The Airbus Beluga is to get its own airline after nearly 20 years in service as part of new plans unveiled by Airbus earlier this year.

The €183m (£155m) aircraft, often used to transport aircraft parts, is set to get its own airline known as Airbus Beluga Transport.

The aircraft brand, which delivered its first service in 1995, will be used to carry large items that normally have to be broken up into smaller parts to fit in other aircraft.

Speaking to CNN Travel, head of Airbus Beluga Transport Benoit Lemonnier praised the ability and uniqueness of the Beluga ST and how it could serve others.

Mr Lemonnier said: “There are very few options on the market for oversized items. Most often there‘s a need to partially dismantle a payload to make it fit in an aircraft – whereas in the Beluga, it will just fit.”

On how long the Beluga ST will keep flying for, Mr Lemonnier said some of them could remain in service for at least another 20 years.

Furthermore, Lemonnier revealed that the Beluga’s dimensions meant pilots had to take some time to adjust, particularly once it was airborne.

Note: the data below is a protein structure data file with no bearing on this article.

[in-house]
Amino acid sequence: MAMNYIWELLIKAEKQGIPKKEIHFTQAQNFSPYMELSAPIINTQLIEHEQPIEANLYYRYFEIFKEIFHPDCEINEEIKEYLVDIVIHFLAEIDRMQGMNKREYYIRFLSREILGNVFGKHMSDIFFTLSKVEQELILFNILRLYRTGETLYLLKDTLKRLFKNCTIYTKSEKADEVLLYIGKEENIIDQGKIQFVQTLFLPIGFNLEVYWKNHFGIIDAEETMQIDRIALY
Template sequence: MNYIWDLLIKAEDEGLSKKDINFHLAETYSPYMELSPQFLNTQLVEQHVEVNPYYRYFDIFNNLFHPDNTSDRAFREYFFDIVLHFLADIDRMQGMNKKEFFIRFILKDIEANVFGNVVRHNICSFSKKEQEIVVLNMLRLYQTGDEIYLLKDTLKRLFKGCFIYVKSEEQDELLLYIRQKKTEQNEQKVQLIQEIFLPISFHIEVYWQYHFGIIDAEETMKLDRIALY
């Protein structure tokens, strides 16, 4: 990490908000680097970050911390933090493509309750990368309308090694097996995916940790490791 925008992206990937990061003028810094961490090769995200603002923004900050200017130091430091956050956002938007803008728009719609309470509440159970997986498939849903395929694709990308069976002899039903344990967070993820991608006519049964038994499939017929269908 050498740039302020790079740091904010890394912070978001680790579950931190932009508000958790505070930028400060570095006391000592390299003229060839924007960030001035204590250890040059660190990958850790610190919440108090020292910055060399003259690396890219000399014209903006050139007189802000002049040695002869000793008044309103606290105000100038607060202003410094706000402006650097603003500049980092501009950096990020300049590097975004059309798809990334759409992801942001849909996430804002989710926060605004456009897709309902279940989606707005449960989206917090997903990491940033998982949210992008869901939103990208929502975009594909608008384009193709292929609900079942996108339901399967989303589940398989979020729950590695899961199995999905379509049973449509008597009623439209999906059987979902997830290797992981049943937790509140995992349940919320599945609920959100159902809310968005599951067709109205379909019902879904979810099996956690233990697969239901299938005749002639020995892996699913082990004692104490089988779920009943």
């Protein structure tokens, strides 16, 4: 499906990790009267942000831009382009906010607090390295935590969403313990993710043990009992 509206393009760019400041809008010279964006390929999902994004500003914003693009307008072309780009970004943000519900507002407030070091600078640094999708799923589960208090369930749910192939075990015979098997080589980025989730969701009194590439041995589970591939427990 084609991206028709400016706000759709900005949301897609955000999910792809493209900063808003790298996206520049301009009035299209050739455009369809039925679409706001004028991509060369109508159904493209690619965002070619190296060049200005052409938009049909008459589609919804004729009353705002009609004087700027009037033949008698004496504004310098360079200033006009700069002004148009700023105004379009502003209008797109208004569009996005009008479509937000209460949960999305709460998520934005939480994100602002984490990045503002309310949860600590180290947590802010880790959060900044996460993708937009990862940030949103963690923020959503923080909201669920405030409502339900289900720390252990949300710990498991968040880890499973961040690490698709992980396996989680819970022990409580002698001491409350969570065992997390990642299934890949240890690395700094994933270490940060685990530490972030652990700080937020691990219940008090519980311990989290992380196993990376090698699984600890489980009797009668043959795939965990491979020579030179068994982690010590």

He explained that the aircraft could be quite sensitive to wind and required “specific training” for pilots but that otherwise, it flew like any other aircraft.

While the Beluga ST may be no different from some smaller aircraft, the payload it carries could come with some added complexities.

Aviation analyst Gary Crichlow explained that some of the “assets” the Beluga ST will have to carry come with some operational anomalies. For example, there is a limit to how high helicopter components can be taken.

Despite these restrictions, Mr Crichlow said that the decision to create an airline based on the Beluga would likely be a low-risk venture for Airbus.

The decision by Airbus to launch a new airline comes weeks after Airbus’s chief executive Christian Scherer praised the UK and said that despite Brexit there was no reason to change.

Mr Schere said: “By virtue of our success, the footprint grows in the UK. We like the productivity we see here. And we like the quality … so there’s no reason to change, despite the adaptation of Brexit.”

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